Give your most patriotic workers cancer and then deny any responsibility. Nice country you have here.
How nice that Rudy G continued in the same tradition. (Think about it: worse than Bush ...)
This just in: Obama endorses class-based, not race-based, affirmative action, here.
I don't think of myself as a member of either the MSM or the netroots, and although my emotional sympathies are clearly with the latter, I like to think that my position outside the both of them -- academia too -- allows me to see each one's limitations more clearly.
I've written a few books about the limitations of the MSM and expect to write a few more before my number's up, but I rarely criticize the netroots in large measure because I think most of the problems manifested in their work are trivial compared to the corrective balance they offer and because the MSM narrative remains so much more powerful and so profoundly flawed that it seems simultaneously small-minded and tendentious to pick on minor mistakes by unfamous people with next-to-no influence while Bigfoot pundit poohbahs were helping Bush and company to lie us into ruinous wars and the like. (Boy, that was a long sentence.)
Even as the netroots have grown in power and influence, I still believe all of the above, which was the primary point I tried to make in response to Jon Chait here last week. It'll be a long time before Atrios is as influential as Joe Klein and an even longer time -- think infinity -- before Klein is as honest and accurate about the world as Atrios. Still, even apart from the fact that most reporting necessarily occurs in newspapers and newsweeklies, the netroots are not always right and the MSM is not always wrong. And the netroots needs to get better about recognizing these instances and correcting them, methinks. A few months ago I wrote about a case where netroots bloggers were up in arms about a Washington Post story that had allegedly been changed in order to remove the charge that Bush had lied about removing Rumsfeld right after the election. In fact, a single phone call to the author of the story demonstrated that no story had been changed; two separate stories had been confused. And yet the netroots-enabled myth proved impossible to disarm. (I don't recall any of the bloggers who expressed their outrage printing corrections in the aftermath, though I may not have seen them.)
Recently, the netroots have been up in arms over an alleged comment by Tom Edsall that David Broder represents the "voice of the people." Here again, we see a weakness of the netroots at work, which is that many bloggers lack much experience upon which to base their judgments and tend to jump on anything and everything that confirms their beliefs. Alas, anyone who knows Tom at all well knows that it is nearly impossible to determine by either his voice or his mien when he is joking. Part of his charm is the ability to make exactly this kind of joke in a perfectly deadpan manner. And I would hope that anyone who is familiar with his work would know better than to believe that he could say something so patently silly without joking. I don't doubt that the young Radar reporter who set forth the ongoing storm was honestly confused. And it is no less clear to me that it has become such a big deal on the net because it is consistent with the toxic combination of arrogance and ignorance that characterizes so much MSM punditry and, to a degree, helped cause this war. (I see, for instance, that Jim Lehrer, who is supposed to be the gold standard for high-minded accuracy, still has no idea how much opposition there was to the Iraq war at the time of the vote -- or else is really, really bad at math -- and does not think it proper for journalists to question the veracity of the president's statements. That's here and here. Let's not even mention Glenn Beck and Lou Dobbs.)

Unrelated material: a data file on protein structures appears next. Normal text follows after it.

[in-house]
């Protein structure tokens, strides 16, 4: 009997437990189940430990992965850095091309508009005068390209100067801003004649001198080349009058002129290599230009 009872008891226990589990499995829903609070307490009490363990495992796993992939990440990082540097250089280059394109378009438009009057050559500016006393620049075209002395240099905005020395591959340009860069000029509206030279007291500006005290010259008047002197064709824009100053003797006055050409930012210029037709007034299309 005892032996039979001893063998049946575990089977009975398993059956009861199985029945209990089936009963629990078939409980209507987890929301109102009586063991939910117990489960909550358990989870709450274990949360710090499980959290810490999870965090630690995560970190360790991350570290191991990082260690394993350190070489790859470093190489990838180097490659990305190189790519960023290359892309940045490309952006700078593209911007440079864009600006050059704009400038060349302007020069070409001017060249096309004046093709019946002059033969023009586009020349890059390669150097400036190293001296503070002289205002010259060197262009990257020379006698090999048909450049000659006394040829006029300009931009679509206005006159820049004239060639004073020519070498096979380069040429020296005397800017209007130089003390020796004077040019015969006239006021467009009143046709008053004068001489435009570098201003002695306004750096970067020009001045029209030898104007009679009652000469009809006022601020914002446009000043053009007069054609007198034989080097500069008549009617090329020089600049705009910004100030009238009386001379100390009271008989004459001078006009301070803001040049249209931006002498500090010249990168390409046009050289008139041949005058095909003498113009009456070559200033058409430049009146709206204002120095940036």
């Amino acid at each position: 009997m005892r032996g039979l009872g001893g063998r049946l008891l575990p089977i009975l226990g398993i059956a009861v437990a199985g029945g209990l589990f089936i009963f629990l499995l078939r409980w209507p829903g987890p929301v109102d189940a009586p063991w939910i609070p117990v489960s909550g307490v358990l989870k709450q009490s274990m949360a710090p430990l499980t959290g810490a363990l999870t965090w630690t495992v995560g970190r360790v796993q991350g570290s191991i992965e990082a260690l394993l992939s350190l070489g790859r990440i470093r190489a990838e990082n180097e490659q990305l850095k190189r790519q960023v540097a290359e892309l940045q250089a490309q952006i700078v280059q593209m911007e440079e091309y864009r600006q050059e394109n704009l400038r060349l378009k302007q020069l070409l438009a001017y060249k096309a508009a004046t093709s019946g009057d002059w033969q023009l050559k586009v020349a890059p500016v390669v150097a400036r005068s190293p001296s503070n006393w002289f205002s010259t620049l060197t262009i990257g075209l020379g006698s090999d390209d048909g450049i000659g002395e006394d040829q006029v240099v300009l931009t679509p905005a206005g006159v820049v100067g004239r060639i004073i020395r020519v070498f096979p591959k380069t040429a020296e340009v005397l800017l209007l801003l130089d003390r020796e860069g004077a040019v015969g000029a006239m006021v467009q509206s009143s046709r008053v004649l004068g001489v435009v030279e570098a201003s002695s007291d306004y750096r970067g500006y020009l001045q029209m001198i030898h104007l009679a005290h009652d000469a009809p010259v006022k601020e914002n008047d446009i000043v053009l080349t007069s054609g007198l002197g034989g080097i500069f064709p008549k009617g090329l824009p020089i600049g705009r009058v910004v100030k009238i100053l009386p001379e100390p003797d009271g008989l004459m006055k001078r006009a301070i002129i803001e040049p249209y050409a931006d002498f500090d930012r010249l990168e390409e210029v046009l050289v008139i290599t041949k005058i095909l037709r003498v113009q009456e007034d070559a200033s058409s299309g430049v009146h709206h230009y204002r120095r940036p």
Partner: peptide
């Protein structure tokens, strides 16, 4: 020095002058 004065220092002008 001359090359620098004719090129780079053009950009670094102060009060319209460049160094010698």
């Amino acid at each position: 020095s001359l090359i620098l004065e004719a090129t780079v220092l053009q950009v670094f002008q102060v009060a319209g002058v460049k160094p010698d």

But believe me, I play poker with this guy. It is impossible to tell when he's bluffing and impossible to tell when he's kidding. This time he was kidding. The fact that Edsall has jumped from the Post by way of TNR and National Journal to the Huffington Post is actually an enormous endorsement of the blogosphere as the source of serious and sophisticated newsgathering and analysis -- one that the David Broders of the world will find it increasingly impossible to kiss off. All of this mishigas over a missed joke is both misplaced and just plain silly.
But let's be clear. It's a wrong-headed misunderstanding of the kind that happens almost every day between people of good will. Compared to, say, the self-conscious crimes against both truth and democracy commonly committed by, say, William Kristol, Charles Krauthammer, Joe Klein, most of the casts of the Sunday shows, and yes, David Broder, it is minor-league stuff indeed. And while MSM reporters and pundits are supposed to have a higher standard of verification to what they print, I find all this means in practice, frequently, is a CYA attitude toward sourcing. In other words, so long as someone, anywhere, says anything, that makes it "true" enough to be reported, no matter how frequently that source has proven to be an unreliable liar or fantasist. At least in the case of the netroots, people are generally trying to figure out what's true, not that that always helps. (Academia's standards of truth, by the way, are far higher than that of either the average reporter or blogger; unfortunately, there are significant barriers regarding both relevance and 'communication skills.'
Anyway, all that was by way of saying that Glenn Greenwald, here, is right about John "I'd hate bloggers if I was America's primary advocate of torture too" Yoo and Joe "This accuracy shtick is such a pain in the ass" Klein, but not Jon Alter or Tom Edsall. (And by the way, Broder, sadly, is an "honest reporter and no ivy tower thumb-sucker," though Jon was wrong to say that like it was such a compliment. All that "reporting" inside the beltway, talking to the same self-reinforcing sources who mouth the same platitudes has made Broder stupid, mouthing the same errant nonsense over and over regardless of contrary evidence. Reporting is valuable, but so, bub, is thinking.)